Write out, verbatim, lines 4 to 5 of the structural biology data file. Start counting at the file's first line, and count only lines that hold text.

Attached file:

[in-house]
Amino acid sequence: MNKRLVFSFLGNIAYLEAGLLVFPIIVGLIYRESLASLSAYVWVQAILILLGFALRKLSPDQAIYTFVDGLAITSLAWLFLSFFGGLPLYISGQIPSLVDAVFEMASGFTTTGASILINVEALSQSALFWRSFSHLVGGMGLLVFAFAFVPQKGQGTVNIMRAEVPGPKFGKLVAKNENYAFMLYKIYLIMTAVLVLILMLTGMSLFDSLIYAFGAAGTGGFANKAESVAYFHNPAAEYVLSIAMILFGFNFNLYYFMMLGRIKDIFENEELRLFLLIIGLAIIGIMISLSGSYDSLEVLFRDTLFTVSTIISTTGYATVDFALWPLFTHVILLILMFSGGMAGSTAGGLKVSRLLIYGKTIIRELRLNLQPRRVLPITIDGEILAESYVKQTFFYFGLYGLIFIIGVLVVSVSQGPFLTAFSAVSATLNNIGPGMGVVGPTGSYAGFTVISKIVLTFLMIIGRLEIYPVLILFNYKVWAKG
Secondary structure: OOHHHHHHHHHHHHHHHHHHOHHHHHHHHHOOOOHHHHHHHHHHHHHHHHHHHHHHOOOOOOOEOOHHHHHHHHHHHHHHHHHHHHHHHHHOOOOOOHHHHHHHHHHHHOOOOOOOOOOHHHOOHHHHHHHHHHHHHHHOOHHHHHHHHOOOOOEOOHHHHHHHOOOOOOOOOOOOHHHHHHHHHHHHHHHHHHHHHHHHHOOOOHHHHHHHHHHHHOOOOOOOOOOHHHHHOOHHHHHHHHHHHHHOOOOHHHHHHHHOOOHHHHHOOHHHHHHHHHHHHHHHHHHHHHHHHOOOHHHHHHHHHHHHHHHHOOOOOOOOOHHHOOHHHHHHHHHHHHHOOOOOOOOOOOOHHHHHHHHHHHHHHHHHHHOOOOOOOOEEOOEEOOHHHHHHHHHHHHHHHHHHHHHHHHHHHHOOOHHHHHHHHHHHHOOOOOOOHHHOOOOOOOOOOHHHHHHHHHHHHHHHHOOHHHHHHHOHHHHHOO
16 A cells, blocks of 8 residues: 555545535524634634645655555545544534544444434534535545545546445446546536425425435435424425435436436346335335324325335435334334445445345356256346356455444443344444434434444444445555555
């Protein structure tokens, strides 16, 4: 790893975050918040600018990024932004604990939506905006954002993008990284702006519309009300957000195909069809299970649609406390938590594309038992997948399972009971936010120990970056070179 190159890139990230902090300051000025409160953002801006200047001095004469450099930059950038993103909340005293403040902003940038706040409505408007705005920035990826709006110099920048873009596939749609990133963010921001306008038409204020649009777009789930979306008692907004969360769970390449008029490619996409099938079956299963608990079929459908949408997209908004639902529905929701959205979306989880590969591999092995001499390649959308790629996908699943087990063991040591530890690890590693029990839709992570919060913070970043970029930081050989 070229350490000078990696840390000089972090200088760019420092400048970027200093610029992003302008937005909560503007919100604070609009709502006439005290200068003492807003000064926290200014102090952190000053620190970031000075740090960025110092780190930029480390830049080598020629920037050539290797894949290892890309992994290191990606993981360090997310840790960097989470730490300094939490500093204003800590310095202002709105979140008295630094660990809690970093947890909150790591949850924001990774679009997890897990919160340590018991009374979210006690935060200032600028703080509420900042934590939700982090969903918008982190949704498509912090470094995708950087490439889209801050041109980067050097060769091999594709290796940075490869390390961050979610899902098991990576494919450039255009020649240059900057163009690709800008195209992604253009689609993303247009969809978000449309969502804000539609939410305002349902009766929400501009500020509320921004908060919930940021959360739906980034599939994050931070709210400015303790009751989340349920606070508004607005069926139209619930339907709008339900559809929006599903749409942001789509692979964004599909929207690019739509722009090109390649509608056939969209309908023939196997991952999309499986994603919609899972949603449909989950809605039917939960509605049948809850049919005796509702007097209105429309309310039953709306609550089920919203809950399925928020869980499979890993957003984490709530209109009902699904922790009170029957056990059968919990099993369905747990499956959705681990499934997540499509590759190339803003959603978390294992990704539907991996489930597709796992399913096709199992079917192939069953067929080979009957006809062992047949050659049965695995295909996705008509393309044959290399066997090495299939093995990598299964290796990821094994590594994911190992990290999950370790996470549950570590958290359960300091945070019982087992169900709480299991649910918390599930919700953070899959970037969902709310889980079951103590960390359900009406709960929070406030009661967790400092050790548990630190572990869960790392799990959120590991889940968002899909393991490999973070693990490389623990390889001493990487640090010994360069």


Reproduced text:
16 A cells, blocks of 8 residues: 555545535524634634645655555545544534544444434534535545545546445446546536425425435435424425435436436346335335324325335435334334445445345356256346356455444443344444434434444444445555555
């Protein structure tokens, strides 16, 4: 790893975050918040600018990024932004604990939506905006954002993008990284702006519309009300957000195909069809299970649609406390938590594309038992997948399972009971936010120990970056070179 190159890139990230902090300051000025409160953002801006200047001095004469450099930059950038993103909340005293403040902003940038706040409505408007705005920035990826709006110099920048873009596939749609990133963010921001306008038409204020649009777009789930979306008692907004969360769970390449008029490619996409099938079956299963608990079929459908949408997209908004639902529905929701959205979306989880590969591999092995001499390649959308790629996908699943087990063991040591530890690890590693029990839709992570919060913070970043970029930081050989 070229350490000078990696840390000089972090200088760019420092400048970027200093610029992003302008937005909560503007919100604070609009709502006439005290200068003492807003000064926290200014102090952190000053620190970031000075740090960025110092780190930029480390830049080598020629920037050539290797894949290892890309992994290191990606993981360090997310840790960097989470730490300094939490500093204003800590310095202002709105979140008295630094660990809690970093947890909150790591949850924001990774679009997890897990919160340590018991009374979210006690935060200032600028703080509420900042934590939700982090969903918008982190949704498509912090470094995708950087490439889209801050041109980067050097060769091999594709290796940075490869390390961050979610899902098991990576494919450039255009020649240059900057163009690709800008195209992604253009689609993303247009969809978000449309969502804000539609939410305002349902009766929400501009500020509320921004908060919930940021959360739906980034599939994050931070709210400015303790009751989340349920606070508004607005069926139209619930339907709008339900559809929006599903749409942001789509692979964004599909929207690019739509722009090109390649509608056939969209309908023939196997991952999309499986994603919609899972949603449909989950809605039917939960509605049948809850049919005796509702007097209105429309309310039953709306609550089920919203809950399925928020869980499979890993957003984490709530209109009902699904922790009170029957056990059968919990099993369905747990499956959705681990499934997540499509590759190339803003959603978390294992990704539907991996489930597709796992399913096709199992079917192939069953067929080979009957006809062992047949050659049965695995295909996705008509393309044959290399066997090495299939093995990598299964290796990821094994590594994911190992990290999950370790996470549950570590958290359960300091945070019982087992169900709480299991649910918390599930919700953070899959970037969902709310889980079951103590960390359900009406709960929070406030009661967790400092050790548990630190572990869960790392799990959120590991889940968002899909393991490999973070693990490389623990390889001493990487640090010994360069």